There would, however, be a few localization anomalies appearing in health-conscious states such as California. In these cases, technology focused around supporting an active lifestyle, like automatic climate controls or fridges that prepare healthful drinks after a workout, would be expected to be more successful.

Conversely, in Japan, it is not so much convenience that consumers are looking for, but technology that assists in caring for a growing elderly population. Considering they have one of the highest life expectancies among all developed nations, this shouldn’t come as too much of a surprise.

Here, the IoT is expected to outfit people’s homes with appliances and new technologies such as companion robots that are aimed at caring for elderly relatives. These bots will also be able to provide remote monitoring facilities and complete household chores like cleaning.

Other countries like the UK have a higher uptake of smart energy meters that allow adopters to visualize their consumption and automate the billing process with their energy provider. Spain and Italy, meanwhile, have shown to be more attracted to smart watches.

Integrating smart technologies

One of the biggest challenges to the adoption of smart technologies in homes across the world is not so much the natural disinclination we have to changing our behavior, but more the infrastructure it relies upon. Additionally, the ability for different appliances and devices to “talk” to each other can bring about difficulties as well.

For example, your smart meter needs to be able to talk to your home climate control device to ensure that the device isn’t racking up a massive bill at the end of each month. You could also imagine this situation with your fridge and oven, where the former makes sure the oven has preheated to the right temperature by the time the food is ready to be cooked.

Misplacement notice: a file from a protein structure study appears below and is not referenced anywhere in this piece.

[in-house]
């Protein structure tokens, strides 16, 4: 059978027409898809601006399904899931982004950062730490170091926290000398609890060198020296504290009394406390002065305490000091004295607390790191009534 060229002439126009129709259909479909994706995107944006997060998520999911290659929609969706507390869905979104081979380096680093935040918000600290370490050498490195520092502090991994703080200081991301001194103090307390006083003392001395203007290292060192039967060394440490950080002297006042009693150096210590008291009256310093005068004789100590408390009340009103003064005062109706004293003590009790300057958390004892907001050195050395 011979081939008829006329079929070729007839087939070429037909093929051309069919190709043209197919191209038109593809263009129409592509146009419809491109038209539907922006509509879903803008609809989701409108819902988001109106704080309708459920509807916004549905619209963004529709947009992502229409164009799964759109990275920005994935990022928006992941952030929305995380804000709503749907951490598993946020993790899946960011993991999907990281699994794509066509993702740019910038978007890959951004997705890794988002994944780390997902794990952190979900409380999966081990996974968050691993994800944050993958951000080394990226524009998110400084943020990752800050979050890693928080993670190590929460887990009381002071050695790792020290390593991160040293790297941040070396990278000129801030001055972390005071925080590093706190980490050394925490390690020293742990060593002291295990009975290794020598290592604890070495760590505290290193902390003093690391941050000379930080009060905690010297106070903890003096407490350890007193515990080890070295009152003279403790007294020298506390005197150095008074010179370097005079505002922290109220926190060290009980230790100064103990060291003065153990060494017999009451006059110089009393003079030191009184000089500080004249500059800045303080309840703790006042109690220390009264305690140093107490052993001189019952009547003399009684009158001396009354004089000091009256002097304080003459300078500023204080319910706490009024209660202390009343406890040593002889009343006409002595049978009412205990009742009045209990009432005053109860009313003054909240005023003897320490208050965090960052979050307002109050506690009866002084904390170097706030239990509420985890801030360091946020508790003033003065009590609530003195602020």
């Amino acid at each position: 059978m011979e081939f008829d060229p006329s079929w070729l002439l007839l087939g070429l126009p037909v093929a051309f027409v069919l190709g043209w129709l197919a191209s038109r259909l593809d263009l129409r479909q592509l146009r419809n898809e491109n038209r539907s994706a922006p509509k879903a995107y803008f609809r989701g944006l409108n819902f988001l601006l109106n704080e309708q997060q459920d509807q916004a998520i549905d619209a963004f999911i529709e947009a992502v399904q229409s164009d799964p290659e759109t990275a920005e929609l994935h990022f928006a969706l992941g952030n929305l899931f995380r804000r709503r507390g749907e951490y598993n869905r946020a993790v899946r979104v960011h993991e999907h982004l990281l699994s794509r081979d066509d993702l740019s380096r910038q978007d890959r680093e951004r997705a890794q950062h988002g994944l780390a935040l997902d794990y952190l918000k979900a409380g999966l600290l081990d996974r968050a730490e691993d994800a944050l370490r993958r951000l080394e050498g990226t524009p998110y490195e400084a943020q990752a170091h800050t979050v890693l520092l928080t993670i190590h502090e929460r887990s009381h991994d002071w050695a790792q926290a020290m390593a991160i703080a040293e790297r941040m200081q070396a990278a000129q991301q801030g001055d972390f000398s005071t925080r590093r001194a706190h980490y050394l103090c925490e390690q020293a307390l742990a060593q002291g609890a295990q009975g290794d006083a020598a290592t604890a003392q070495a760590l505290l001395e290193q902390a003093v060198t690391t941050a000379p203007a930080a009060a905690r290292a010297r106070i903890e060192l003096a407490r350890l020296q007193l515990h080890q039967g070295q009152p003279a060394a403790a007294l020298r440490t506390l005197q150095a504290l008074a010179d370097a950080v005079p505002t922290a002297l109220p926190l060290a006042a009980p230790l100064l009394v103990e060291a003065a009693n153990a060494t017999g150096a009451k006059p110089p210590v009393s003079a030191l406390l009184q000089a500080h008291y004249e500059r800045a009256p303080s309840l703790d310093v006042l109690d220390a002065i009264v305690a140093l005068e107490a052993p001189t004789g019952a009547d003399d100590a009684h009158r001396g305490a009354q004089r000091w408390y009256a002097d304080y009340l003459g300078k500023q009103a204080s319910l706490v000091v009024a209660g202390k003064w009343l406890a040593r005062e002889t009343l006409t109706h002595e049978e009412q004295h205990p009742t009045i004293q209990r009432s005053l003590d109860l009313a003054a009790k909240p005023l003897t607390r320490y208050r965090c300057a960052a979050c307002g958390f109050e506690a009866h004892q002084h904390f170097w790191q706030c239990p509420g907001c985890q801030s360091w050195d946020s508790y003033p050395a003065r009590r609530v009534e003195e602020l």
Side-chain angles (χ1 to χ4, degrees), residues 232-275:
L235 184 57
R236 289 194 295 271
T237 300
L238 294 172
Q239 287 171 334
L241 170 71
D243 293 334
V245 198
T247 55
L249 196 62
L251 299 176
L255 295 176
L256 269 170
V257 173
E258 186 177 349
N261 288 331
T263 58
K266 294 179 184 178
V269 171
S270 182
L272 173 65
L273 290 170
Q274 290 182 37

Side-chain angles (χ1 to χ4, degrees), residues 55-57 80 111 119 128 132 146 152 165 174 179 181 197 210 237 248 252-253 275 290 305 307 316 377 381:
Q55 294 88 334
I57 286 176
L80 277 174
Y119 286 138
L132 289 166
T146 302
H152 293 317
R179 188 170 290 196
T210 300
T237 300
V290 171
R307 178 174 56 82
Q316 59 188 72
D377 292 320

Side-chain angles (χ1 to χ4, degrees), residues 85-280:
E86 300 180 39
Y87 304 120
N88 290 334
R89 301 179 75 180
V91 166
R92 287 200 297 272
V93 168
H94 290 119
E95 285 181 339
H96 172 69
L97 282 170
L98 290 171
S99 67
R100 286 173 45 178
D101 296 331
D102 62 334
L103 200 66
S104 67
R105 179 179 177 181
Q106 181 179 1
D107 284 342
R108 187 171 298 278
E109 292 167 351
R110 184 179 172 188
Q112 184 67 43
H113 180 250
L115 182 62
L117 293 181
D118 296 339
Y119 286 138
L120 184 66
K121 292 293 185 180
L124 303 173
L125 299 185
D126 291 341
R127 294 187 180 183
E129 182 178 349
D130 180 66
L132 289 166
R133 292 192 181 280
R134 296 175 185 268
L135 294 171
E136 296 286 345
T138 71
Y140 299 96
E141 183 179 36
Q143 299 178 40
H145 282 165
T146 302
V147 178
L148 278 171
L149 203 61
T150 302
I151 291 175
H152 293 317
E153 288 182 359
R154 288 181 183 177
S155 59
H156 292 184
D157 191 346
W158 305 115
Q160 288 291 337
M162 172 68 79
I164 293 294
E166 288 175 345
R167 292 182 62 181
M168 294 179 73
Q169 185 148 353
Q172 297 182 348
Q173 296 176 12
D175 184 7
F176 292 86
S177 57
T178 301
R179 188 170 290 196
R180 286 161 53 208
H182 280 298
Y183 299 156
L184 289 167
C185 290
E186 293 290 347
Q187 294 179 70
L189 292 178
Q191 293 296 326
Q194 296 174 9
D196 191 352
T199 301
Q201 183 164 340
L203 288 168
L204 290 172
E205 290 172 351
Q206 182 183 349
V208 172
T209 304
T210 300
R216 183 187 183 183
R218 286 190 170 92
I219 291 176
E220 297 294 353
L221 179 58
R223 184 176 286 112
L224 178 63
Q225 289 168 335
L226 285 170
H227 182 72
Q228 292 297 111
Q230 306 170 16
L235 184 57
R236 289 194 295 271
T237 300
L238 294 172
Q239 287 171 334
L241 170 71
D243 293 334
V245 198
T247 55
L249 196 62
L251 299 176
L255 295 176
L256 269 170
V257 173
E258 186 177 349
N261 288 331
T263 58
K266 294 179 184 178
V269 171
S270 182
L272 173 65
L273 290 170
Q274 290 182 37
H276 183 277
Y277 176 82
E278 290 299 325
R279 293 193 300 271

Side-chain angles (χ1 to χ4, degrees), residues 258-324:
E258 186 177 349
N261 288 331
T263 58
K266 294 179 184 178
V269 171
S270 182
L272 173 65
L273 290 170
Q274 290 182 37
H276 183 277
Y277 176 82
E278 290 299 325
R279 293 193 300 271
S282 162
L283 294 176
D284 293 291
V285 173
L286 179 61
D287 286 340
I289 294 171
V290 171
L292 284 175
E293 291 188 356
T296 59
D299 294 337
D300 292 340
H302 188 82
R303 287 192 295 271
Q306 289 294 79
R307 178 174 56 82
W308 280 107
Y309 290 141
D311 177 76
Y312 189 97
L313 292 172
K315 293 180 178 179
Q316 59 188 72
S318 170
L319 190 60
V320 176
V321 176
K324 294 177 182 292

While brands are getting better at allowing for interoperability of products, the infrastructure it relies upon — internet connectivity — is somewhat lacking in varying degrees across nations. While more than 51% of the world has some sort of access to the internet, many developed countries including the US, the UK and Japan still lack 100% broadband coverage. This blocks large parts of their populations from ever being able to access smart home technology.

Once governments in these countries make good on their promises of universal broadband for all, not only will communication and the workplace be completely transformed, but home tech will take off in a number of different areas to service the priorities of each culture.

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Rae Steinbach is a graduate of Tufts University with a combined international relations and Chinese degree. After spending time living and working abroad in China, she returned to New York City to pursue her career and continue curating quality content. Rae is passionate about travel, food and writing.

IUC44

Conversational UI Language Design at LocWorld35

Language in Business, Language in the News, Personalization and Design, Translation Technology

Oracle Applications User Experience (OAUX) team member (and Microsoft Alum) Karen Scipi (@karenscipi) presented on the subject of Conversational UI in the Enterprise at #LocWorld35 Silicon Valley. Karen covered the central importance of  language design for chatbots and other conversational user interfaces (CUIs) for global work use cases.

Karen Scipi presenting on Conversational UIs in the Enterprise at Localization World in Silicon Valley 2017 (Image credit: Olga)

Karen Scipi presenting on Conversational UIs in the Enterprise at Localization World in Silicon Valley 2017 (Image credit: Olga)

Karen even developed two chatbot integrations for Slack introducing her topic. One was in English, the other was in Italian.